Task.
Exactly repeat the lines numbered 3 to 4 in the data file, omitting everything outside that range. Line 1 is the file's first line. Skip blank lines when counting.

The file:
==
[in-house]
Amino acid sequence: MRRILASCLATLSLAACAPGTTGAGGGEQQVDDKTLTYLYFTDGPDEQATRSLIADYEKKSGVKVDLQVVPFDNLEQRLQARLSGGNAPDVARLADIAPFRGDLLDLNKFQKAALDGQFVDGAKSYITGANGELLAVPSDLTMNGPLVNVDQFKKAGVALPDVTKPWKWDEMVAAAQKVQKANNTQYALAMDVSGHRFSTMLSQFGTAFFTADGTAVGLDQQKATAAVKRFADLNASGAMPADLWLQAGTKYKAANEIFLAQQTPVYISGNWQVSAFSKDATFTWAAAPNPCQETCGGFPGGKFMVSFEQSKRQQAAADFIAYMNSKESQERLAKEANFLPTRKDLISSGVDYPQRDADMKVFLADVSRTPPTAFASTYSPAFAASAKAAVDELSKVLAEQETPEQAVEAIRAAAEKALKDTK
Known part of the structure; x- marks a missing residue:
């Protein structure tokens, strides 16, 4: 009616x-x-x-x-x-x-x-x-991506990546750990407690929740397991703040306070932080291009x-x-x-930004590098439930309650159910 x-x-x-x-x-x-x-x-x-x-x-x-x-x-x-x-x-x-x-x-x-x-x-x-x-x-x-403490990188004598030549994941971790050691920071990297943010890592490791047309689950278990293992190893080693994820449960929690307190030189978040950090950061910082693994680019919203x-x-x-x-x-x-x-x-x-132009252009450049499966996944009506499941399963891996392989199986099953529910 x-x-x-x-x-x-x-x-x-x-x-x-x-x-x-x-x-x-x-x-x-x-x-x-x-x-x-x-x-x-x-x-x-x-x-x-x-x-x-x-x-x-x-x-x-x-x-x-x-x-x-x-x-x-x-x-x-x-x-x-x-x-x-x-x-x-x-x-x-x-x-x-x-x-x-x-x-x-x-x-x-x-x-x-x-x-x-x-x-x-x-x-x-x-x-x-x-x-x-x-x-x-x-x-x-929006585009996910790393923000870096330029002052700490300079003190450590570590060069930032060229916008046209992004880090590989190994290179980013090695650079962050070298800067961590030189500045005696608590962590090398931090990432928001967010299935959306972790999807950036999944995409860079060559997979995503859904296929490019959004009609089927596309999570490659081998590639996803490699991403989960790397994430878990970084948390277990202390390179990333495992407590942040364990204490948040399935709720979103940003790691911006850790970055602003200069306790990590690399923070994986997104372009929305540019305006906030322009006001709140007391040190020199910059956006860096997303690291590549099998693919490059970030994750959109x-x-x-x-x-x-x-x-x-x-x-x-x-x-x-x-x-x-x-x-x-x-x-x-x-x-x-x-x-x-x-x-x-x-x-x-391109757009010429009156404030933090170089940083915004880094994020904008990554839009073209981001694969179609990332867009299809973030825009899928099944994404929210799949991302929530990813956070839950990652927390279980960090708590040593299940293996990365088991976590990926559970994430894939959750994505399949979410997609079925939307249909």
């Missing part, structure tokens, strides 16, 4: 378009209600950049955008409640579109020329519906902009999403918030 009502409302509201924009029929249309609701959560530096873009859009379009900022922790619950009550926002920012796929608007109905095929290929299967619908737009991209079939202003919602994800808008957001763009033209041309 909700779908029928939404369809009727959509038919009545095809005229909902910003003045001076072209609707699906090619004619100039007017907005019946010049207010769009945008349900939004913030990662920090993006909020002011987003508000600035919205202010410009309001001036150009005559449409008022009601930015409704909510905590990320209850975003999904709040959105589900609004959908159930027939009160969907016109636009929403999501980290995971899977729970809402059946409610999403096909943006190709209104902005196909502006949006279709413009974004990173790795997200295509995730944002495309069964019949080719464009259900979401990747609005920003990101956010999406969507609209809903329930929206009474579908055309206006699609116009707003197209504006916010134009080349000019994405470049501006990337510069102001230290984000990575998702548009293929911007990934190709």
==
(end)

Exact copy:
Known part of the structure; x- marks a missing residue:
């Protein structure tokens, strides 16, 4: 009616x-x-x-x-x-x-x-x-991506990546750990407690929740397991703040306070932080291009x-x-x-930004590098439930309650159910 x-x-x-x-x-x-x-x-x-x-x-x-x-x-x-x-x-x-x-x-x-x-x-x-x-x-x-403490990188004598030549994941971790050691920071990297943010890592490791047309689950278990293992190893080693994820449960929690307190030189978040950090950061910082693994680019919203x-x-x-x-x-x-x-x-x-132009252009450049499966996944009506499941399963891996392989199986099953529910 x-x-x-x-x-x-x-x-x-x-x-x-x-x-x-x-x-x-x-x-x-x-x-x-x-x-x-x-x-x-x-x-x-x-x-x-x-x-x-x-x-x-x-x-x-x-x-x-x-x-x-x-x-x-x-x-x-x-x-x-x-x-x-x-x-x-x-x-x-x-x-x-x-x-x-x-x-x-x-x-x-x-x-x-x-x-x-x-x-x-x-x-x-x-x-x-x-x-x-x-x-x-x-x-x-929006585009996910790393923000870096330029002052700490300079003190450590570590060069930032060229916008046209992004880090590989190994290179980013090695650079962050070298800067961590030189500045005696608590962590090398931090990432928001967010299935959306972790999807950036999944995409860079060559997979995503859904296929490019959004009609089927596309999570490659081998590639996803490699991403989960790397994430878990970084948390277990202390390179990333495992407590942040364990204490948040399935709720979103940003790691911006850790970055602003200069306790990590690399923070994986997104372009929305540019305006906030322009006001709140007391040190020199910059956006860096997303690291590549099998693919490059970030994750959109x-x-x-x-x-x-x-x-x-x-x-x-x-x-x-x-x-x-x-x-x-x-x-x-x-x-x-x-x-x-x-x-x-x-x-x-391109757009010429009156404030933090170089940083915004880094994020904008990554839009073209981001694969179609990332867009299809973030825009899928099944994404929210799949991302929530990813956070839950990652927390279980960090708590040593299940293996990365088991976590990926559970994430894939959750994505399949979410997609079925939307249909």